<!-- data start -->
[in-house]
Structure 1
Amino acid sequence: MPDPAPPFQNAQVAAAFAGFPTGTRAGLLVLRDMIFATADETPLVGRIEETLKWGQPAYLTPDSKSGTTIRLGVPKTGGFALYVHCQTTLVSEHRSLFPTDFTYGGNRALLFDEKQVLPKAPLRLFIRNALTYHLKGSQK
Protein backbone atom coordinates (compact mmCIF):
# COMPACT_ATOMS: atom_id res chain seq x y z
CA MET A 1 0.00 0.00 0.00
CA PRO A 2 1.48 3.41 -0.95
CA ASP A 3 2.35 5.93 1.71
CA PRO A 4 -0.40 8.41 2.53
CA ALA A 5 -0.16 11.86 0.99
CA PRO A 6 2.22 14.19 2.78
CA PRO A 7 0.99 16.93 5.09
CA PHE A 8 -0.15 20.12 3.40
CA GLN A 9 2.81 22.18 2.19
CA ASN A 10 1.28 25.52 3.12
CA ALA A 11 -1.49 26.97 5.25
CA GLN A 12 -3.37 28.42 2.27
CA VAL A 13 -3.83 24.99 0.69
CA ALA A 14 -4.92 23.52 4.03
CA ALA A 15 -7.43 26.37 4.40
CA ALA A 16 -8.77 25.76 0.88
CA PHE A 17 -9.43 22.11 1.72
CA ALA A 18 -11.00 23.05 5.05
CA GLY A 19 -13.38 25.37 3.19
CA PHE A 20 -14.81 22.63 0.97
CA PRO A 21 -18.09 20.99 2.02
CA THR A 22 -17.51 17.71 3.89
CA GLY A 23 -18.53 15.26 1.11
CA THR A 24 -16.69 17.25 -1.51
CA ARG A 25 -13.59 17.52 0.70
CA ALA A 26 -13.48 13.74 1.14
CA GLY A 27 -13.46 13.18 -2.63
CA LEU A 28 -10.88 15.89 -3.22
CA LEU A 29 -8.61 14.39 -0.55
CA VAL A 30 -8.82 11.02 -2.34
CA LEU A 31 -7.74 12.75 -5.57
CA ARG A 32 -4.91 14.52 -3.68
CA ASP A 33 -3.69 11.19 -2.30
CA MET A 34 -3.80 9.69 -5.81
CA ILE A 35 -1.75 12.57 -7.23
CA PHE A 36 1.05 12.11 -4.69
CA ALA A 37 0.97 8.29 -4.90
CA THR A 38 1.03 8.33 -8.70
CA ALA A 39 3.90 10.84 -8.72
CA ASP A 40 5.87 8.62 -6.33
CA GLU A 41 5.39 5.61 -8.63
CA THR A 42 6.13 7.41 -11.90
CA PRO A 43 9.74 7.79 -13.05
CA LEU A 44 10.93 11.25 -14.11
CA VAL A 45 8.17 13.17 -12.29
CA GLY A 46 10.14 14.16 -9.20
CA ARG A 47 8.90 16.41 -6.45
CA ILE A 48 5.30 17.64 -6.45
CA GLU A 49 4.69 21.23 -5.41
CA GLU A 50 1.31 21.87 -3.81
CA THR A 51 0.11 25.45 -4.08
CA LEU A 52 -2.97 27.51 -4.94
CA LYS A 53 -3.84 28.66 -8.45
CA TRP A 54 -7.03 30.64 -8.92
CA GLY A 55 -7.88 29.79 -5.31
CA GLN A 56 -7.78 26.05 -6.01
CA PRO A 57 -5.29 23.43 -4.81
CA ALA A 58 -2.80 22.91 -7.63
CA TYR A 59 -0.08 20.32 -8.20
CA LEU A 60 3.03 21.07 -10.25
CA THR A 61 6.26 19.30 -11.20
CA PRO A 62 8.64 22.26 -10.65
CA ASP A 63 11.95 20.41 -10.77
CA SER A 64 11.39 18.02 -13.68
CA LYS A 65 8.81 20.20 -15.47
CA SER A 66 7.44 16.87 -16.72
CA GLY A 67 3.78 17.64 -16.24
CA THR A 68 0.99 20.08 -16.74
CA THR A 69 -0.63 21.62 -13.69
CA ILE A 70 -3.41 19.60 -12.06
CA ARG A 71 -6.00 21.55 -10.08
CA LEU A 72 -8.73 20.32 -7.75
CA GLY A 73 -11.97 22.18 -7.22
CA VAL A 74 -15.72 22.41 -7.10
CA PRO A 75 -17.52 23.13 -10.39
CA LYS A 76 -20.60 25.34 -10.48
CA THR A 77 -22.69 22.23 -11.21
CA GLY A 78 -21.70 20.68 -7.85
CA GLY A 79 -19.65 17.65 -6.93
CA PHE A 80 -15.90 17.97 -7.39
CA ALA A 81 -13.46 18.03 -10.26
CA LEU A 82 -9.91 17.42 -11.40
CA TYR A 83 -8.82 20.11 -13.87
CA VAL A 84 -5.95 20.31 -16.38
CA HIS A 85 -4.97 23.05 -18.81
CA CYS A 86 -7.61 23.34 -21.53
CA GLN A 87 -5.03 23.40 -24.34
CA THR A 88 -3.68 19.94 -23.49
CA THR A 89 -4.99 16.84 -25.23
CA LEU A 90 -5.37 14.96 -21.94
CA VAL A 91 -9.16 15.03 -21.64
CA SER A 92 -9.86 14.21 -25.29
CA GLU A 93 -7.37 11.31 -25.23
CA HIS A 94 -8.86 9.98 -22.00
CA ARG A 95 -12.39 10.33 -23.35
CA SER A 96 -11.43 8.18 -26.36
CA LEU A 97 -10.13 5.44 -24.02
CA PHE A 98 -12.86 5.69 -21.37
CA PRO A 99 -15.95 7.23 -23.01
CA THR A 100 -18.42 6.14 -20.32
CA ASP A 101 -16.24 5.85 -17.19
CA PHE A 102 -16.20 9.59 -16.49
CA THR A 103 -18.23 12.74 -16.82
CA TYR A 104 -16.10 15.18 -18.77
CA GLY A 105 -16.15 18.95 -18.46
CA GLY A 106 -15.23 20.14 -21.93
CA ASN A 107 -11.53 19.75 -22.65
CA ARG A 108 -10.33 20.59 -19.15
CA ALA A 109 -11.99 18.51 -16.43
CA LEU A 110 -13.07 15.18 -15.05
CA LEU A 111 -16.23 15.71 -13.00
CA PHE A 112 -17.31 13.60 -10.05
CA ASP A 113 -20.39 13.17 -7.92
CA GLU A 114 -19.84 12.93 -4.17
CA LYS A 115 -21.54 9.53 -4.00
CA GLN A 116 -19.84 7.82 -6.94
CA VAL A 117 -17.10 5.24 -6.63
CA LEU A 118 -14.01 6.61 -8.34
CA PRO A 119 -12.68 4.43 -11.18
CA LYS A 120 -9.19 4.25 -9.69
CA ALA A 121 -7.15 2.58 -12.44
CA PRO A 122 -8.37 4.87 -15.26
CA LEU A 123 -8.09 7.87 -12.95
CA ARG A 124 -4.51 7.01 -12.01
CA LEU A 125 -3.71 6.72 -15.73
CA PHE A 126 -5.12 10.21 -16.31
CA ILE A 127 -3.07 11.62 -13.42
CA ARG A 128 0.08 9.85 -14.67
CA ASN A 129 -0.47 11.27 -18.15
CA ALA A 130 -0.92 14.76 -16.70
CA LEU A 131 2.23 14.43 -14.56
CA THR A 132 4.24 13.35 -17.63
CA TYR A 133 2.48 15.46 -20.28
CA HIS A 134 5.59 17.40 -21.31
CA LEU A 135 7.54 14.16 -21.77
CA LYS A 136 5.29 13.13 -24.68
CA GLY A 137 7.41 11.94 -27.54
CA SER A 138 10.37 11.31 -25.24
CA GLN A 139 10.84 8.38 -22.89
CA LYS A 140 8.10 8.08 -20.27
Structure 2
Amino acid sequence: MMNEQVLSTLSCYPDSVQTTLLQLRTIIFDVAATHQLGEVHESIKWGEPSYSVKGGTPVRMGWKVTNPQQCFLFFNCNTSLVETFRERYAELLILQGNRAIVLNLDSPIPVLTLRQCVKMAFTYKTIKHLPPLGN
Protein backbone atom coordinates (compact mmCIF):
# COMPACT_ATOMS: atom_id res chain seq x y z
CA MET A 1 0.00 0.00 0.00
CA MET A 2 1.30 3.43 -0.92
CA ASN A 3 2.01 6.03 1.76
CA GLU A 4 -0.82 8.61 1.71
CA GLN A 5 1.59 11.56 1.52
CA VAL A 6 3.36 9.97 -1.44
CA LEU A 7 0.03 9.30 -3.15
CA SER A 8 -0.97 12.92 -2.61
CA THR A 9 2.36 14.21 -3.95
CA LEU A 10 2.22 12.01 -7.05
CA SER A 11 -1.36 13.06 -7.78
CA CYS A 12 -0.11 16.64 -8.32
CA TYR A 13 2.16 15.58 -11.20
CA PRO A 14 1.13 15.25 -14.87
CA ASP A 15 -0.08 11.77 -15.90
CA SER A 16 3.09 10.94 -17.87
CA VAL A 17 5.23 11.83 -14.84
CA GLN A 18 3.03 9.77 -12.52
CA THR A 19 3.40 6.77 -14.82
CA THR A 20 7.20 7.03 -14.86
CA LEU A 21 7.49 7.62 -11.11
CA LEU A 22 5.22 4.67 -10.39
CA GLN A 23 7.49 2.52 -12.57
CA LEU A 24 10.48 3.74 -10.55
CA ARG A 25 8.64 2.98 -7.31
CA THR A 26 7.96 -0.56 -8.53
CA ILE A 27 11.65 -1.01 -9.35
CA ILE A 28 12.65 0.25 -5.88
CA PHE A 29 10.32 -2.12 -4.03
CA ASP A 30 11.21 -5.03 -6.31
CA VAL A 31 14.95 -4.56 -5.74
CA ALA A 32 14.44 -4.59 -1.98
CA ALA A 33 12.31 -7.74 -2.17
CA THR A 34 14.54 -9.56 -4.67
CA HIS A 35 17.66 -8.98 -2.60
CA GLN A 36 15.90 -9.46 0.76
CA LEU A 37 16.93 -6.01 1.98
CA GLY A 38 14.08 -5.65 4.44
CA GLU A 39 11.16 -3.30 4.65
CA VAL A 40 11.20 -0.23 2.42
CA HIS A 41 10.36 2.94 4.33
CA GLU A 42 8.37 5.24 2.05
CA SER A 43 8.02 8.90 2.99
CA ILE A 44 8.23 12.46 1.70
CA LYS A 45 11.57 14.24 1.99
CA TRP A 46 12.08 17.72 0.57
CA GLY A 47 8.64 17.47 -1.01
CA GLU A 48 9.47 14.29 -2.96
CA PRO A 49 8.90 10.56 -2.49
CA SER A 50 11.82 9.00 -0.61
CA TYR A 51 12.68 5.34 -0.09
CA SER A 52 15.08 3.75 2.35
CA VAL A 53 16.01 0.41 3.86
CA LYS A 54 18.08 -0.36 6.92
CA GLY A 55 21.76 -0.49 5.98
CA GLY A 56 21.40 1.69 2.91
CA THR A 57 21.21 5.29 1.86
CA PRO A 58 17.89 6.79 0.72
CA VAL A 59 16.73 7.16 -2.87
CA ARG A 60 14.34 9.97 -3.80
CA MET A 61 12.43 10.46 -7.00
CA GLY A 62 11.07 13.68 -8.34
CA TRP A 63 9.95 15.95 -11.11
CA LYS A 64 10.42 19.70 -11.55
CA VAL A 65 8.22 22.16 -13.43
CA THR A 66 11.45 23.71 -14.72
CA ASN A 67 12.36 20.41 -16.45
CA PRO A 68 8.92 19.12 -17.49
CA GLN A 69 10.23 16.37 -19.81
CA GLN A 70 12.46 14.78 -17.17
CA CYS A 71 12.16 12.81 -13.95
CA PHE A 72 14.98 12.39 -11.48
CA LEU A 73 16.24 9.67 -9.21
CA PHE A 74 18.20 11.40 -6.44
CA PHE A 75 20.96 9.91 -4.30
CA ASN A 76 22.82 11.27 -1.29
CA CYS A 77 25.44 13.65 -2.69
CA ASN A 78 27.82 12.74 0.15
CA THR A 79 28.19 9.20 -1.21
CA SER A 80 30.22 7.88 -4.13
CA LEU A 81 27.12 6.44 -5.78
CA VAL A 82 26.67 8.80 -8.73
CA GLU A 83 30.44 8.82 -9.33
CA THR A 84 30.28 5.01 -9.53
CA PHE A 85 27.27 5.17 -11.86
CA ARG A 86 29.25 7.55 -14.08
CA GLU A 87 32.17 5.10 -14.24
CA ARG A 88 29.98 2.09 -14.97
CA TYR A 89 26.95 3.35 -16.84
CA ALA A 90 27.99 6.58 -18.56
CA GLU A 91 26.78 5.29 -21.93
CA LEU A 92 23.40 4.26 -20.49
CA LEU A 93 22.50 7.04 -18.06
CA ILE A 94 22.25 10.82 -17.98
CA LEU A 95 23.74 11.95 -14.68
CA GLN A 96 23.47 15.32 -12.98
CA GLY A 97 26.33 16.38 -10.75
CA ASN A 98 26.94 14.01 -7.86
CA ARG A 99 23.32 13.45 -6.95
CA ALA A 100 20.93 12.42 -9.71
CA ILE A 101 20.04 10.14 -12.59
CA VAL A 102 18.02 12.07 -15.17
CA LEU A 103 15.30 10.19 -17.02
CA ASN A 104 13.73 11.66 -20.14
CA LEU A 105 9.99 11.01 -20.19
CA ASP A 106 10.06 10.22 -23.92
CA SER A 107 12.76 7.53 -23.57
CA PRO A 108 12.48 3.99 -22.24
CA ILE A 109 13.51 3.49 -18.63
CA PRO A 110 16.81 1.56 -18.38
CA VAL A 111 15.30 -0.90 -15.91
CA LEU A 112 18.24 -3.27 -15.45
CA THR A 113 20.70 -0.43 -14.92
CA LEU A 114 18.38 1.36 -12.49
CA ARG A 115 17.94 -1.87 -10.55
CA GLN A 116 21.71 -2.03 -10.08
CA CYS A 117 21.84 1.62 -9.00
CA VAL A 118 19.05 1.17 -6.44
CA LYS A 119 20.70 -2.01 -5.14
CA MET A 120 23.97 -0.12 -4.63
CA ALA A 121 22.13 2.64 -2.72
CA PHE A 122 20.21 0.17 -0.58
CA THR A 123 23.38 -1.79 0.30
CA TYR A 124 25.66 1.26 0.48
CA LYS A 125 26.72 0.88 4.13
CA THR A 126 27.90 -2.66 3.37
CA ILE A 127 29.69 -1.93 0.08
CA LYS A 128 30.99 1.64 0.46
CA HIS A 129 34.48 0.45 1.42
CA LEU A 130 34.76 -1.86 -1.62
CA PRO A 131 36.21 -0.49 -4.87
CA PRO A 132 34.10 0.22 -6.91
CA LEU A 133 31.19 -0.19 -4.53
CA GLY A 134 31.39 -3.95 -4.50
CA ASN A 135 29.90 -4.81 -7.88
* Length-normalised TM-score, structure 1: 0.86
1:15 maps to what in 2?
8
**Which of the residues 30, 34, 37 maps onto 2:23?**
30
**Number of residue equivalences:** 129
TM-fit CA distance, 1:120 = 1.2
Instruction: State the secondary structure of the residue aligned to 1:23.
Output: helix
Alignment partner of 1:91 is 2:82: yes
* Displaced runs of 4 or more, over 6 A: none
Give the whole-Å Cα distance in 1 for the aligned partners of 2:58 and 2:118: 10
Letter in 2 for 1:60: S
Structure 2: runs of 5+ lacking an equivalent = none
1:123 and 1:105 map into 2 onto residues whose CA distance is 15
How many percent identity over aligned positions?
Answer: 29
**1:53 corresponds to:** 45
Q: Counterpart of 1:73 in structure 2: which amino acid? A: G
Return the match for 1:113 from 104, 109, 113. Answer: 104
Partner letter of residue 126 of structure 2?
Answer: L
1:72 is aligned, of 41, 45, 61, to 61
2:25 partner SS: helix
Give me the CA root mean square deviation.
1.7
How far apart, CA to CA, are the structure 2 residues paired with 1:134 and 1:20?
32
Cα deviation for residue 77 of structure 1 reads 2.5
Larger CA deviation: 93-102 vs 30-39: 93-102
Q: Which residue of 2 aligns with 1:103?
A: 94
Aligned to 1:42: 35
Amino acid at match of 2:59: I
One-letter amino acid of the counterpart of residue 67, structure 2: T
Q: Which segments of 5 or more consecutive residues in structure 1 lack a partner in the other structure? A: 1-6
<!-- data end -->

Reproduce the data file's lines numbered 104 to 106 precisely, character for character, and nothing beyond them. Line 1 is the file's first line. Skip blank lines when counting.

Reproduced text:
CA PRO A 99 -15.95 7.23 -23.01
CA THR A 100 -18.42 6.14 -20.32
CA ASP A 101 -16.24 5.85 -17.19